So your spouse cheated on you, and it resulted in a child. Ouch, that's rough. What can you do now? Despite it all, you still love your spouse, but at the same time, you've got a lot of hurt and anger about this.
Here's an idea: Take it out on the bastard child. Of course it's not their fault—they weren't even born until nine months after the infidelity—but they're the embodiment of the affair, and you're going to punish them for that. This way, you can distance your feeling about the betrayal from your love of your spouse. This is one of the major reasons for Bastard Angst, and may be how they turn into a Bastard Bastard.
Usually this trope crops in in medieval or medieval-ish works, where men are more or less allowed to have a bunch of bastards, and their wives are expected to roll with it. It can be played many different ways, from bitchy and hypocritical, to unfair yet sympathetic, or as some mixture.
Related to Wicked Stepmother, but with one major difference: These people typically aren't stepparents. Stepmothers—whose stepchildren were born before she got with their father, and weren't the result of cheating—are generally expected to treat said stepchildren with basic decency, and perhaps even be motherly toward them. However, in this trope, these women are not socially considered stepmothers. These children are bastards, the result of their spouse (i.e can be either husband or wife)'s cheating. And this trope gets really ugly if the kid is also a Child by Rape.
Usually a female trope due to the classical Double Standard that women get in more trouble for adultery, but can apply to a man whose wife had a child from an affair with another man. Usually discovering they aren't their child after raising the kid for some time as their own, and turning into an abusive (non-biological) father or simply becoming cold towards their supposed kind. It can also apply to the legitimate half-sibling if they feel contempt for their bastard half-sibling for "ruining their parents' marriage" by being a symbol of the affair.
For another version of blaming a child for the circumstances of their birth, see Maternal Death? Blame the Child.
- Bokura no Kiseki: Glen is the bastard child of the head of the noble Belbania family and a servant, but because his stepmother is dead during his childhood, it's his older brothers and other nobles who feel disdain for him and his mother. The truth is more complicated, as he's actually a Child by Rape by another noble, and his adoptive father made up the cover story to protect him and his mother. The stepmother knew this and feels nothing but sympathy for them.
- Maid-Sama!: Takumi Ushi is treated with contempt by his legitimate half-brother Gerard Walker, primarily because he's an illegitimate child due to their mother's affair with the butler, along with blaming him for his mother's death. He warms up to Ushi later on, but Ushi still has a strained relationship with his biological family.
- In Saiyuki, Gojyo's stepmother despised him for being both her husband's bastard and a half-youkai. She was constantly abusive to him, which came to a head when she tried to kill him with an axe and her own son killed her to prevent it.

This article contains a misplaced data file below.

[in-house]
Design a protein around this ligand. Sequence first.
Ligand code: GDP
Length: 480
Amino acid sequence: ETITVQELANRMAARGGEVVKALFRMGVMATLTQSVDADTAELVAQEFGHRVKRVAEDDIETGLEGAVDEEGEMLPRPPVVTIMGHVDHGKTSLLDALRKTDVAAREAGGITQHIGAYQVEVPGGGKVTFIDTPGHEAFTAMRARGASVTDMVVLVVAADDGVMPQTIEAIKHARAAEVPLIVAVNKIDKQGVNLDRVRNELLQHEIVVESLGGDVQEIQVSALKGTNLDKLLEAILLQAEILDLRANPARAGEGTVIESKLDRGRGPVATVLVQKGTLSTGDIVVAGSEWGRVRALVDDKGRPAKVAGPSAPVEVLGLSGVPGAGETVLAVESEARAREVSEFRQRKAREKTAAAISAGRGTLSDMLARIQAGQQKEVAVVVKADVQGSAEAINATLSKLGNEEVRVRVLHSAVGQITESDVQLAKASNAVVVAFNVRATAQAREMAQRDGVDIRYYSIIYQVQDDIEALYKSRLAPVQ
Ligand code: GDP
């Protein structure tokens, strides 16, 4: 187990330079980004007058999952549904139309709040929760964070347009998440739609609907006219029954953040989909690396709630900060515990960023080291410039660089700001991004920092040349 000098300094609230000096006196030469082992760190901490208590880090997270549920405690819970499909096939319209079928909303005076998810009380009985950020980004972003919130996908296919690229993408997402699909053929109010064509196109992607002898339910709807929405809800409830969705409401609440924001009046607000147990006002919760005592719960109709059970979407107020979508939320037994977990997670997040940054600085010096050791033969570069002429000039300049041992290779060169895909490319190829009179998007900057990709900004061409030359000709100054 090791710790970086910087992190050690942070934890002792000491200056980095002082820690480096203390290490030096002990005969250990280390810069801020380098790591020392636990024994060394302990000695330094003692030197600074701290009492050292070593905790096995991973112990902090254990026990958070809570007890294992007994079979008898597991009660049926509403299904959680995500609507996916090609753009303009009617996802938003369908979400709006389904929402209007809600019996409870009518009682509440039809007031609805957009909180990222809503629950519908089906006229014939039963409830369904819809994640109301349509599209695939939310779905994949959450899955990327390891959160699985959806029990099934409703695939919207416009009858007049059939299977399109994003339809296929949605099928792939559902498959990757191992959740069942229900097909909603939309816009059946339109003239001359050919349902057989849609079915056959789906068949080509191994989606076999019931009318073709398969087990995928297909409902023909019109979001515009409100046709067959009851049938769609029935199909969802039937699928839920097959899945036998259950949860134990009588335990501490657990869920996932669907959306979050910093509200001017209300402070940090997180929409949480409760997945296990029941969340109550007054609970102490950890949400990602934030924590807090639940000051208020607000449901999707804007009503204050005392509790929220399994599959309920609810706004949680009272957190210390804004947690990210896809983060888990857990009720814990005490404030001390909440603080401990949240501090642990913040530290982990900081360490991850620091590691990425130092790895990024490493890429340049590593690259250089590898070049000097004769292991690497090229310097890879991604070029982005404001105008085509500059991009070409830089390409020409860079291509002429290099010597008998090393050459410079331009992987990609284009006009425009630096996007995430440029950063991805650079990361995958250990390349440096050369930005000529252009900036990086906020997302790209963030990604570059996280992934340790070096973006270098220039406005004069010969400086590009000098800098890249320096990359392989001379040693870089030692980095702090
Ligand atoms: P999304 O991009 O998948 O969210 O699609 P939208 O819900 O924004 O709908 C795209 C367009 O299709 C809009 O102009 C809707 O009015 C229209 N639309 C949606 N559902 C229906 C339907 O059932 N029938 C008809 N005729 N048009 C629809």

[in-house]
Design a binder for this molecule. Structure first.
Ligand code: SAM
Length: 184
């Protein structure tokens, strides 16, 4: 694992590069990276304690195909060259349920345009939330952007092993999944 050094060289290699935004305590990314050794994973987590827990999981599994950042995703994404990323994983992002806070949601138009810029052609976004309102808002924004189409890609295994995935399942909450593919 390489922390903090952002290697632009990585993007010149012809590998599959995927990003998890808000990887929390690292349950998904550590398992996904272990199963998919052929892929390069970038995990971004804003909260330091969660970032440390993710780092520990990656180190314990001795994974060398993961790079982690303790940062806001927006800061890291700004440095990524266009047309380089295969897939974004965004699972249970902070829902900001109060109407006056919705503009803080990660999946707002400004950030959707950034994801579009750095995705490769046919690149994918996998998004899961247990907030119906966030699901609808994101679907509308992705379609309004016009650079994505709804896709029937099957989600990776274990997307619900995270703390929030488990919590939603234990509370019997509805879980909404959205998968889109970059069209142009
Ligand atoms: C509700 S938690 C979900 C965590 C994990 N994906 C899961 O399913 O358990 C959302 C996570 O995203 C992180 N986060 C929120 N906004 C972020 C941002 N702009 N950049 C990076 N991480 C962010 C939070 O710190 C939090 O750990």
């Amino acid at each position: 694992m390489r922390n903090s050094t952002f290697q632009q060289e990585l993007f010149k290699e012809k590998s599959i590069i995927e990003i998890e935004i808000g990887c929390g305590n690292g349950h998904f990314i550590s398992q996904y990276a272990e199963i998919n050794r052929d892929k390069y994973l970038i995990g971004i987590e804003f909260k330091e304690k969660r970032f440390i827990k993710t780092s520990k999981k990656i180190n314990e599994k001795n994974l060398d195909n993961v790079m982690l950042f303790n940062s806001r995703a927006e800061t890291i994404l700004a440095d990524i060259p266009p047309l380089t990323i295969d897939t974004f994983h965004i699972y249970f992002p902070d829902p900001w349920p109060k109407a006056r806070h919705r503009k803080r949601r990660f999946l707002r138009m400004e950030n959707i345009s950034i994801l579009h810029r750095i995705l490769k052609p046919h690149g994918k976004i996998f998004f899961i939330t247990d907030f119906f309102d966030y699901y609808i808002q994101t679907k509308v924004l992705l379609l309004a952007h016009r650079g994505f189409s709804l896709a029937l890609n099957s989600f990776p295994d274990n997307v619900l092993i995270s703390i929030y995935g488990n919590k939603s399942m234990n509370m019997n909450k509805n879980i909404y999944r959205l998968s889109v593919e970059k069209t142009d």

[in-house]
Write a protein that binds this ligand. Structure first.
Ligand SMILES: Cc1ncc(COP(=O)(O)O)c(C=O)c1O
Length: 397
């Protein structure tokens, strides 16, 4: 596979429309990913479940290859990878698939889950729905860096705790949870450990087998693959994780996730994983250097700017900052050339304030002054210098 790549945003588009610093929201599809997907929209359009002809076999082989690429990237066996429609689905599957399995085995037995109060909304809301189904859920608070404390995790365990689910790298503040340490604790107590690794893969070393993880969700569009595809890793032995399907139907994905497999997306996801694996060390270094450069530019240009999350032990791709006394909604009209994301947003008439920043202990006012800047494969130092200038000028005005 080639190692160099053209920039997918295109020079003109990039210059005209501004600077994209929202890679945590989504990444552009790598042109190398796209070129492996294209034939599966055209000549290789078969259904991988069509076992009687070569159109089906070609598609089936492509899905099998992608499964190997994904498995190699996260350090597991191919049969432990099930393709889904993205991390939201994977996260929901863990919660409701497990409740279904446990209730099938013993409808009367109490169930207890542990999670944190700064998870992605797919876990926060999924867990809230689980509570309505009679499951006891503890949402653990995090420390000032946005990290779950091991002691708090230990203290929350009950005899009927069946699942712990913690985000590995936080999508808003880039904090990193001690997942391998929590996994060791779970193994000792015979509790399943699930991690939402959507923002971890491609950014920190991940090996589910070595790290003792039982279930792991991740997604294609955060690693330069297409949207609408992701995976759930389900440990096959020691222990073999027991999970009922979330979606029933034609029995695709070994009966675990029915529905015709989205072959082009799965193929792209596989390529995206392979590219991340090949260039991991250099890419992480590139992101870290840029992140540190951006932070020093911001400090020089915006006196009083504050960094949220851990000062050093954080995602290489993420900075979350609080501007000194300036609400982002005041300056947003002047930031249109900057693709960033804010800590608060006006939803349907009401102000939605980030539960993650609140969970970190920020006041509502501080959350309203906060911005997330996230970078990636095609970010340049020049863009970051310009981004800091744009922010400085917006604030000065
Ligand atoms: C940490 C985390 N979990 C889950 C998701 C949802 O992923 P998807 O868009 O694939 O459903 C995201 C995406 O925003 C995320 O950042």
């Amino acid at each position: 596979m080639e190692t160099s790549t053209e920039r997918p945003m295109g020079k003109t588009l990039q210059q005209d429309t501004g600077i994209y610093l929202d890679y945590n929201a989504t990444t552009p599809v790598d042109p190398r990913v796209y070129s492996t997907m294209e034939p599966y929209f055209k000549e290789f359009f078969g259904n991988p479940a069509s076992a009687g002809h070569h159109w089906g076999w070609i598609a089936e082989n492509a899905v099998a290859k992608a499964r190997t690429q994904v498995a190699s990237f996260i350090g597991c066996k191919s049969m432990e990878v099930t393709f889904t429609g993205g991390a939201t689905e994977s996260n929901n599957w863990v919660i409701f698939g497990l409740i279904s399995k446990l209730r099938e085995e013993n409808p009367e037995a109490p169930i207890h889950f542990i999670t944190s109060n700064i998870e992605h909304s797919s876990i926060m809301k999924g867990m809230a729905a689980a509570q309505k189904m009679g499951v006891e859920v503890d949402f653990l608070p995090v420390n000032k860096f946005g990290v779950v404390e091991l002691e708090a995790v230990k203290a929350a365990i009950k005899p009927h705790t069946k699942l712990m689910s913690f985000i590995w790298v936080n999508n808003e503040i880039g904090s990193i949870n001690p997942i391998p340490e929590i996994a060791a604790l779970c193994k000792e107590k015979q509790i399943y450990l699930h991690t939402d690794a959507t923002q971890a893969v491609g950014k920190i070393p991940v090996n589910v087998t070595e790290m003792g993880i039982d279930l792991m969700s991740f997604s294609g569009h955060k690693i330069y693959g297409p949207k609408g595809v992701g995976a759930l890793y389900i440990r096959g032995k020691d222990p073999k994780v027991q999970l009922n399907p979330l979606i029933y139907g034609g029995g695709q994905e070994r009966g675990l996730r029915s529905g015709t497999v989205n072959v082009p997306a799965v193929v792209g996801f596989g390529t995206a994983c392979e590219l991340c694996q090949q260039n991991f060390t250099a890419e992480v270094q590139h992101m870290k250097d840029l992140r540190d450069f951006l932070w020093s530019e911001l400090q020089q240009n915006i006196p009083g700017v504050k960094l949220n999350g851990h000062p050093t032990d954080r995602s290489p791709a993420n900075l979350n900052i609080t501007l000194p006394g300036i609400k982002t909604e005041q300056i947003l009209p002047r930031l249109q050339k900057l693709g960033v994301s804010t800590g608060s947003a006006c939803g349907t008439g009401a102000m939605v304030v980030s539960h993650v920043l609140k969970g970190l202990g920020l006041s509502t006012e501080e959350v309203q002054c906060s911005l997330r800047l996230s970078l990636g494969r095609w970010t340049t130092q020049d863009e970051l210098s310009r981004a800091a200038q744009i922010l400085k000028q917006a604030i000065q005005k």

- Subverted in My Next Life as a Villainess: All Routes Lead to Doom!: After Katarina ends up getting engaged to prince Jeord, her father adopts the son of a distant relative named Keith to act as his new heir. Katarina's mother, not knowing of Keith's origins, comes to the conclusion that he is actually her husband's bastard child (though she is right about him being illegitimate, as his mother was a prostitute). In the original timeline, this led to her becoming verbally abusive towards him. Thanks to Katarina having thrown everything Off the Rails in the story proper, she learns the truth rather quickly and instead acts as a loving mother for him.
- The Flash: George Harkness, the first Captain Boomerang, had a frosty relationship with his father who always treated him badly, which he blamed for his Jerkass behavior. At his mother's funeral Harkness' father reveals he was actually the result of his mother cheating on him, and that's why he never liked him. Harkness proceeds to decapitate his "father" over the reveal.
- Played with in Gene Luen Yang's post-TV-canon Avatar: The Last Airbender comic The Search. For some time, Zuko, Azula, and the reader believe that Ozai's cruelty to Zuko was because of Urza's confession that Zuko wasn't his son. The ending reveals that Ozai knew all along that Urza had been lying to try to get to him, but that he still abused Zuko in order to punish her for lying to him.
- Black Moon Chronicles: In their youth, Wismerhill and Ghorghor Bey were both raised by men who did not father them, and abused them horribly for it. In Wismerhill's case, his mother had an affair with a demon lord disguised as a handsome elf prince. In Bey's case, his mother was raped by an ogre. They both get their revenge eventually; Wismerhill by personally murdering the man, Bey by leaving him to die as their town is besieged by another ogre raid.
- Played with in Bastard!!: Gil Alien is born after his mother's brief affair with Gilderoy Lockhart, and his mother's husband Jonathan (whom Gil refers to as "stepfather") vents his rage about the fact at Gil all the time. However, when Gil gets stuck in the past with no hope of return, he realizes Jonathan didn't hate him as much as he seemed to, acknowledging Gil as his son legally, raising him as carefully (if more angrily) as his own children, sending money to Gil's Gringotts account so that the boy wouldn't be penniless when he comes of age, and giving him a dangerous but exciting job that Gil thoroughly enjoys.